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February 27, 2009
Andrew Flintoff will return home from the tour of West Indies later on Friday to continue his rehabilitation from the hip injury that forced him to miss the fourth Test in Barbados. The decision rules him out of the final Test in Trinidad but it is hoped he will return on March 10, ahead of the one-off Twenty20 international and one-day series.
The injury to his right hip has also been upgraded to a tear after it was initially diagnosed as a strain. He will now work alongside his long-term fitness advisor David Roberts as well as the ECB's chief medical officer Nick Pierce. "It's desperately frustrating. It's one thing after another but there's not a great deal I can do about it. Just got to get fit and come back," Flintoff said.
He picked up his latest problem in Antigua and bowled through the pain on the final day, sending down 12 overs as England pushed for a series-levelling victory that was denied by West Indies' final pair.
"I was in discomfort all the way through," he said. "Whether it made it worse or not I'm not quite sure. I felt a bit of a niggle in Jamaica, more tightness than anything, then in Antigua it started to get worse during the game."
Flintoff will spend time back at Lancashire where he will work with the Old Trafford medical staff and Peter Moores, who is now coach. "We feel as though his rehabilitation would be best served by him going back home," said Hugh Morris, managing director England cricket. "It is something we have done with Andrew before when he was recovering from his ankle injury.
"Being around the England team environment can be something of a goldfish bowl and by returning home he can concentrate on receiving some intensive treatment," he added. "Clearly getting him fit for the one-day internationals is our priority and focus. A muscle tear is a muscle tear and time is a key ingredient in this."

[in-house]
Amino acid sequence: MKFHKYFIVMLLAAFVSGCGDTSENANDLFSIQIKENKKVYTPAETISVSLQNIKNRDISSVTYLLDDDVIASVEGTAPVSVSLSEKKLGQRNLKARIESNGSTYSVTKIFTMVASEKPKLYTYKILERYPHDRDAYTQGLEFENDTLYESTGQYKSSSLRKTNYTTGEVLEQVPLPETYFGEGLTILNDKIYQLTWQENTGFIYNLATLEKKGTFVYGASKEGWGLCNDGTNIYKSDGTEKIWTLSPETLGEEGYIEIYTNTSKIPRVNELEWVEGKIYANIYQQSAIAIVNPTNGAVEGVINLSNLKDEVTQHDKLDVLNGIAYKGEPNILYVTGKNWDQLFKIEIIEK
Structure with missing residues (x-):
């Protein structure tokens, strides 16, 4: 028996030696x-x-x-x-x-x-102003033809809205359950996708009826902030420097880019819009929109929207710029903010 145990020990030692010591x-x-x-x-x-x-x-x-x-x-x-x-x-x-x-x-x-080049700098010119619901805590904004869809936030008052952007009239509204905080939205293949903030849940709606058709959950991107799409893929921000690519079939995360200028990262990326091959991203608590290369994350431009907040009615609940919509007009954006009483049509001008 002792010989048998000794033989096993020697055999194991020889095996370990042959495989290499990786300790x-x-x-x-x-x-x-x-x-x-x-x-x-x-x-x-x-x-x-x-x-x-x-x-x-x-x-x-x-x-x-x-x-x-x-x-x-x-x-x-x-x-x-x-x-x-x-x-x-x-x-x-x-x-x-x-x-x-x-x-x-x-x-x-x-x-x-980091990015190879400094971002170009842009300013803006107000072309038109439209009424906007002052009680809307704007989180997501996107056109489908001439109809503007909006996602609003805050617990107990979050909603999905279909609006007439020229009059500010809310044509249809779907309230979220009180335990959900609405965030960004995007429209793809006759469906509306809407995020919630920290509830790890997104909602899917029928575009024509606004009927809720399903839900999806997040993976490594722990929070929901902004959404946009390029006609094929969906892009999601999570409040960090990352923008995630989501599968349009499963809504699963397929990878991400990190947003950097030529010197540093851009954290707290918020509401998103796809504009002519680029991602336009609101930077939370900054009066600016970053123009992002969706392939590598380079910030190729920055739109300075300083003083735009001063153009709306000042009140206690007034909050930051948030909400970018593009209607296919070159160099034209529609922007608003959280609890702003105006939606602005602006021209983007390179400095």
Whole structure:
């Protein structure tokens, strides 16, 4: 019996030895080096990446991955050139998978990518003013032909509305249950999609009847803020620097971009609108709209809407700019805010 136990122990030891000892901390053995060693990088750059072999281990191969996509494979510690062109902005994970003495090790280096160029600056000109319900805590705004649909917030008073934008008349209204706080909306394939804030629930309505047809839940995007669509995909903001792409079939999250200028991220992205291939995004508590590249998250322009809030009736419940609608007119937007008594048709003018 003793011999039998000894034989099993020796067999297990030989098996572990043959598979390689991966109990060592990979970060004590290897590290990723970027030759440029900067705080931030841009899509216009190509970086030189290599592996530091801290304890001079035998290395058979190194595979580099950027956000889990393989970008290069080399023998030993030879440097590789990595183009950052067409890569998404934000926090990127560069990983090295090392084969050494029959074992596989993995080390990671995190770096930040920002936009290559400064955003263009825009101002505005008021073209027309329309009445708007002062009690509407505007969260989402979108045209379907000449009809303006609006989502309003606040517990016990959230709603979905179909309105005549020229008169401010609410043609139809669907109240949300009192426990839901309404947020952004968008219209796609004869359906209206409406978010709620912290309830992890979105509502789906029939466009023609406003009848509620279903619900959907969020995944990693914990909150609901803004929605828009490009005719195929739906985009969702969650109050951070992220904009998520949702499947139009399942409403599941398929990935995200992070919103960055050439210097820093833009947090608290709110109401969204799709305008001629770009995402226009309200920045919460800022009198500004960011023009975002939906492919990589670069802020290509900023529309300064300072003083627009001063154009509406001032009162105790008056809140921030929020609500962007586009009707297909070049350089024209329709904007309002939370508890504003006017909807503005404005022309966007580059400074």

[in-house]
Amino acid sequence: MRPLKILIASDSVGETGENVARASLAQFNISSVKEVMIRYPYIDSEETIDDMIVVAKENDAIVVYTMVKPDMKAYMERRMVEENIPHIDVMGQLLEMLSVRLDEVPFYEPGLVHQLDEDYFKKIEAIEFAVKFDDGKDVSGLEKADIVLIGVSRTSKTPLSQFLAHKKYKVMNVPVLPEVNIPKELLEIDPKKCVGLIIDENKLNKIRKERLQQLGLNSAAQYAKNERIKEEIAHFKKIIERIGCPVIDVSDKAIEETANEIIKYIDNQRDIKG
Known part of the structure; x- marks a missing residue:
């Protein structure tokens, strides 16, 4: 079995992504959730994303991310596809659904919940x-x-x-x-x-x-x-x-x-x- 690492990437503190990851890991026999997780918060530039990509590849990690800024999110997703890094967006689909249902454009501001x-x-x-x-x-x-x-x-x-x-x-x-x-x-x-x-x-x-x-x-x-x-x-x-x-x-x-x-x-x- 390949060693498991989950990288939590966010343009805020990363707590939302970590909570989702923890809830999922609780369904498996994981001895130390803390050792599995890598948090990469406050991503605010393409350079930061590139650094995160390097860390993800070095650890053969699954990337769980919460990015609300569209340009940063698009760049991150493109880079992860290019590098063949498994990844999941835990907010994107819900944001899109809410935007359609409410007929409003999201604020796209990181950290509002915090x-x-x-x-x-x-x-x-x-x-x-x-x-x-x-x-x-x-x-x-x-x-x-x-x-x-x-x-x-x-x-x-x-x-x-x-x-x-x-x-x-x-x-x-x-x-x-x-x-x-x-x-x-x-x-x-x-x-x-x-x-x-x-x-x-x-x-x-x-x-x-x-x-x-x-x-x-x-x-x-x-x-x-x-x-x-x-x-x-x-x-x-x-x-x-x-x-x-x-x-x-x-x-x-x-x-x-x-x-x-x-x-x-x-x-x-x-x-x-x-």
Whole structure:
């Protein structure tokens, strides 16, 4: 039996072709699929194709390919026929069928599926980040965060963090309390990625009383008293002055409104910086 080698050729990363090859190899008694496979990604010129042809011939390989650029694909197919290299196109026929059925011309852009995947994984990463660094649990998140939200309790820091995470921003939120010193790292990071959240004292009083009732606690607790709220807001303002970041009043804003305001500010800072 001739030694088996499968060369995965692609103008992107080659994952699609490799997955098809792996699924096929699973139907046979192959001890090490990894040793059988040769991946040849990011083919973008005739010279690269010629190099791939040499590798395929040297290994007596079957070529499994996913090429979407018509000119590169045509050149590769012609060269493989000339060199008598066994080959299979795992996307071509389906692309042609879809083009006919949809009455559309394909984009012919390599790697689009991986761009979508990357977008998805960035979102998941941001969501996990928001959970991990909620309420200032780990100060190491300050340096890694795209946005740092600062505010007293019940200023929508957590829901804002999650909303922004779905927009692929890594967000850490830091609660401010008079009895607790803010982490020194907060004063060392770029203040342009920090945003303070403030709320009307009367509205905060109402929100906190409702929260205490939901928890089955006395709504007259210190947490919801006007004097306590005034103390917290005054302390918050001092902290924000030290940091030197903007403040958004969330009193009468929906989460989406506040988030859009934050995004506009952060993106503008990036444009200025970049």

This is the second injury he has suffered on the tour. He picked up a side strain in the opening week and was pulled out of the first warm-up match but recovered in time to take his place in the first Test in Kingston.
The issue of Flintoff's fitness isn't restricted to his England position but also his participation in the Indian Premier League, where he is due to have a three-week spell with the Chennai Super Kings in April. The ECB, and specifically Morris, could be faced with a tough decision if Flintoff's recovery is slower than expected, especially with the Ashes looming.
"Everyone is going about the IPL and it's a hot topic at the moment, but I want to play for England in the one-day series," Flintoff said. "The IPL is still a few weeks away and will take care of itself. Playing for England is the ultimate. It's [the Ashes] something I desperately want to be involved in and I'm not going to do anything that will jeopardise that."
Morris added that the ECB are hoping to retain a certain level of control over the fitness of players in the IPL. "We have contracts with the 18 counties whereby we set up minimum provisions for our centrally contracted players. We would like that kind of relationship with the IPL franchises who have our players so that we will make the right level in place," he said.
England have already added cover to their squad after calling Ravi Bopara and Amjad Khan from the Lions tour of New Zealand with Bopara was named in the XI for Barbados.
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